This disregards not only the declaration by the European Court of Justice that, in football, the charging of fees for players is illegal, a ruling which presumably applies to other sports. It also ignores the present state of play which demonstrates that a market already exists.
While it is hardly a free-for-all, except in the sense that no money changes hands, players move about as never before. Of those registered this season, some 67 have previously played for other counties. Nine of them, including four England internationals, have played for two other sides. The quartet is Chris Lewis (Leicestershire, Notts and now Surrey); Phillip DeFreitas (Leics, Lancashire, Derbyshire); Peter Such (Notts, Leics, Essex); Bill Athey (Yorkshire, Gloucestershire, Sussex).
There has been a marked upsurge in movement in the past decade. For the 20 years before that the numbers barely altered. In 1966, 29 players had been elsewhere, including seven of Leicestershire's team. By 1976 the number had reduced to 26 but by 1986 it had increased to 32. The enormous growth in re-registration has been prompted both by less stringent regulations and the willingness on the part of counties to give players a second chance. Bowlers, particularly, are in such short supply that the failure to make it at one place is almost a guarantee that there will be an oppportunity down the road.
The main restriction on transfers now - and one, it occurs, that if tested in court may not stand up for much longer than India's batting at Edgbaston - concerns List One players. A List One player is one who is under contract or who has been offered a contract in writing by his present employers but does not wish to accept it. To prevent too much unfettered movement no county may sign more than two List One players in five years.
Some counties give up more players than others. This applies as much to Yorkshire now as it did during their halcyon days. Nine players once in the Broad Acres, including the likes of Paul Grayson, who got a century for Essex on Thursday, and Stuart Milburn, who is opening the bowling for Hampshire this season, are performing elsewhere. Only Middlesex, 10 of whose former employees are with other counties, have let more depart.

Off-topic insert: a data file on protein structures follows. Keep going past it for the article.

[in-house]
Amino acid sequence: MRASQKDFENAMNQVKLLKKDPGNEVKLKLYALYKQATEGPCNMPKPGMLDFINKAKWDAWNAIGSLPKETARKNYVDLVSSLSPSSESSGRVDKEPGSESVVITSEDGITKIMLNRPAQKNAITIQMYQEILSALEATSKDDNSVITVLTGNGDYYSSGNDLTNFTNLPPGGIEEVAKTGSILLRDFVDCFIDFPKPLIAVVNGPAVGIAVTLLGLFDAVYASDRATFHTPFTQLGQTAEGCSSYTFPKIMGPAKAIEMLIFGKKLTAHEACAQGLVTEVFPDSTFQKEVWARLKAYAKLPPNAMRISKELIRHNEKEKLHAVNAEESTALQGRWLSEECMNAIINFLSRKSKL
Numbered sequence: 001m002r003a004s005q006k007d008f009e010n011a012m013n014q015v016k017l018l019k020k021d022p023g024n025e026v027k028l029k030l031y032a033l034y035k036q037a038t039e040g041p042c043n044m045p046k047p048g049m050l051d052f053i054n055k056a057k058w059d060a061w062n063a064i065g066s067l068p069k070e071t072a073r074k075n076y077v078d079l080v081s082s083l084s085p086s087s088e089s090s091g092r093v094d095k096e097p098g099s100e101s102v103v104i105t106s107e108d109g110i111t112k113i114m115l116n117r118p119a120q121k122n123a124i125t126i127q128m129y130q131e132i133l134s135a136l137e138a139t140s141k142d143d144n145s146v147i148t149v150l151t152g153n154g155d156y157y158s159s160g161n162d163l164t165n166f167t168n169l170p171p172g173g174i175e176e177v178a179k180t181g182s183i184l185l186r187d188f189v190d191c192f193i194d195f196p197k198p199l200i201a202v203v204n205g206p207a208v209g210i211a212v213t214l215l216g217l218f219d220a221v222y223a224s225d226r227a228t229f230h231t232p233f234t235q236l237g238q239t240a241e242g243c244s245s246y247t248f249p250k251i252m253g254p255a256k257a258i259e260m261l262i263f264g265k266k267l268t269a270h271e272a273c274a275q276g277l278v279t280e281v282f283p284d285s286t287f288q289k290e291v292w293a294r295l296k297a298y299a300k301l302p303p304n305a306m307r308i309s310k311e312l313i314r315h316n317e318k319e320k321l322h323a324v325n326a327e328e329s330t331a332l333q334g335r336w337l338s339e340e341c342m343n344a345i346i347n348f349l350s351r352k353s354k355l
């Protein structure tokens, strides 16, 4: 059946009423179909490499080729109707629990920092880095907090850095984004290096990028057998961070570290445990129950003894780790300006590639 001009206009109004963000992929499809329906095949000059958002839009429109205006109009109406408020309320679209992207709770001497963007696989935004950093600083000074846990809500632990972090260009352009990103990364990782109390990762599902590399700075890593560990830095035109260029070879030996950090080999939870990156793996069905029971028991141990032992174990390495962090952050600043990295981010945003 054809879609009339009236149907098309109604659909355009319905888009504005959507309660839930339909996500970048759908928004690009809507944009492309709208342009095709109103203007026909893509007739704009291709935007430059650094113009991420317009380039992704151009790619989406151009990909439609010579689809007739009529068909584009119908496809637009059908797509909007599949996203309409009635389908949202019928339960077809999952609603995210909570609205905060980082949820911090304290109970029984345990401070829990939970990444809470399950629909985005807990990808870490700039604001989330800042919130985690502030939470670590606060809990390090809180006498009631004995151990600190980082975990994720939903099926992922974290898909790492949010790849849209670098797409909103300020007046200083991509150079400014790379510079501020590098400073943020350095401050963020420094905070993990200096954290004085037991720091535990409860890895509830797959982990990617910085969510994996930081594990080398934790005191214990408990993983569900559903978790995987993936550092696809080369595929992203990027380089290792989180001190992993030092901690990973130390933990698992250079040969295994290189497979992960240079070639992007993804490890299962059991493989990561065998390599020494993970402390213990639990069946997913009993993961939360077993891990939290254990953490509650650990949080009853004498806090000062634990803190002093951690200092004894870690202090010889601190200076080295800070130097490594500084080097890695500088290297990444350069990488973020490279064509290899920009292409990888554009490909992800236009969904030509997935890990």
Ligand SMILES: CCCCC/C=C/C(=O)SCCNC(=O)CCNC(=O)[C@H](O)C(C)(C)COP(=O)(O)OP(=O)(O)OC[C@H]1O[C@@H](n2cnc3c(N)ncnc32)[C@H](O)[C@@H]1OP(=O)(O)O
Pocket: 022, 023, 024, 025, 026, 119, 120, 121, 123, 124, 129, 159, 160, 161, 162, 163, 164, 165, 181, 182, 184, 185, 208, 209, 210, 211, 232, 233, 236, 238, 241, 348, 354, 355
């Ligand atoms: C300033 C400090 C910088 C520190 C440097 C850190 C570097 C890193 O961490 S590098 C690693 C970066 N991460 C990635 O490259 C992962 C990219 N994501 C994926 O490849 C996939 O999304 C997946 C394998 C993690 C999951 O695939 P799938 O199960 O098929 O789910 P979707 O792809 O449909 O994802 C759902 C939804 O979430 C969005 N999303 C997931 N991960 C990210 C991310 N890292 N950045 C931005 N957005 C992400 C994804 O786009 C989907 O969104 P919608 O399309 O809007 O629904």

Of the England team at Edgbaston, four have played for more than one county. Nick Knight, Ronnie Irani and Lewis are the obvious ones. Alan Mullally of Leicestershire had one wicketless game for Hampshire in 1988.
As for Tim Lamb, chief executive designate of the TCCB, who may have to refine the present system, he played 36 matches for Middlesex before being transferred to - sorry, being re-registered by - Northants.
In the brave new world of the England team sophistication of approach and attention to detail will be paramount. Physiotherapists, dieticians and fitness gurus will be de rigueur under the breath of fresh air that is David Lloyd.
Enter a man likely to be equally crucial to continuing success, the team's sounds mixer. Manchester radio presenter, sporting aficionado and Lancashire fan Andy Peebles, once of Radio 1, has assembled the music designed to inspire the chaps, which embraces the usual suspects like "Pomp and Circumstance". Lloyd is already urging him to work on updated versions. Churchillian speeches have not been ruled out.
The selection of Alan Mullally gives Leicestershire their first England Test player since Chris Lewis in 1991. Similarly, Min Patel is the first Kent player to be capped since Martin McCague at Brisbane in late 1994, an occasion both he and they may prefer to forget.
The counties which have now gone longest without providing an England Test player are Durham, Glamorgan and Somerset. Ian Botham of Durham played against Pakistan in 1992, Matthew Maynard of Glamorgan played in the first Test of the West Indies tour in 1994, Andrew Caddick of Somerset played in four of the five matches in that series.
Somerset, perhaps through Caddick again, may be first to rectify their position. Other sides unlikely to be losing players to Test calls soon are Hampshire (last representative, Robin Smith), Sussex (Alan Wells) and Northants (Paul Taylor).
In some quarters the Whyte & Mackay Rankings are frowned upon for being computer-led and thus an artificial guide to form. But they generate interest and provide heaps of prize money. Mind you, it may be a bit difficult to trust the figures when, in their latest announcement, W & M got the award contenders' names wrong, referring to Karl Spiring (he's Reuben, see One Man Stand) and Nigel Aymes (he's Adrian).
Reuben Spring , of Worcestershire, scored 144 and 82 in only his third Championship match at 21 and confessed to disappointment. "There was a bit of bat chucking down in the dressing room when I was run out in the second innings and I was a bit down because the lads told me that scoring two hundreds in a match might happen only once in my career," said the son of former Bristol City, Liverpool, Luton and Hereford footballer, Peter. "But I'm in form and very ambitious."Reuse content